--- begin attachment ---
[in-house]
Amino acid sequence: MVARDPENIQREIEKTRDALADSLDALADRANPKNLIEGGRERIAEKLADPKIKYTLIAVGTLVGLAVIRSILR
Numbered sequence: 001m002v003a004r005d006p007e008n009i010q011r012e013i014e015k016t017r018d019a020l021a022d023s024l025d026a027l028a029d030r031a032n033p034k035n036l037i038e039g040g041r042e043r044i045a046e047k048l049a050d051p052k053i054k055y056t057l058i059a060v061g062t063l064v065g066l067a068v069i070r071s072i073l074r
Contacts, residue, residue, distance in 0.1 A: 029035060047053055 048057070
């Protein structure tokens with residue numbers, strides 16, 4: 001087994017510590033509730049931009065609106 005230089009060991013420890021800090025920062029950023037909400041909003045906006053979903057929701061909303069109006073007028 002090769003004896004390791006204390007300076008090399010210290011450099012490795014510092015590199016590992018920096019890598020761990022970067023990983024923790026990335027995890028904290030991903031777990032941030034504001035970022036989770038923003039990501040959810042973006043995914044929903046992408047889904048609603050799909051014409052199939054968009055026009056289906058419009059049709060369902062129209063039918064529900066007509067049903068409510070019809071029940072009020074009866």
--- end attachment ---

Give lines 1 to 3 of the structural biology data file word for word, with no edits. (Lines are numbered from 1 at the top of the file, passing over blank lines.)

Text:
[in-house]
Amino acid sequence: MVARDPENIQREIEKTRDALADSLDALADRANPKNLIEGGRERIAEKLADPKIKYTLIAVGTLVGLAVIRSILR
Numbered sequence: 001m002v003a004r005d006p007e008n009i010q011r012e013i014e015k016t017r018d019a020l021a022d023s024l025d026a027l028a029d030r031a032n033p034k035n036l037i038e039g040g041r042e043r044i045a046e047k048l049a050d051p052k053i054k055y056t057l058i059a060v061g062t063l064v065g066l067a068v069i070r071s072i073l074r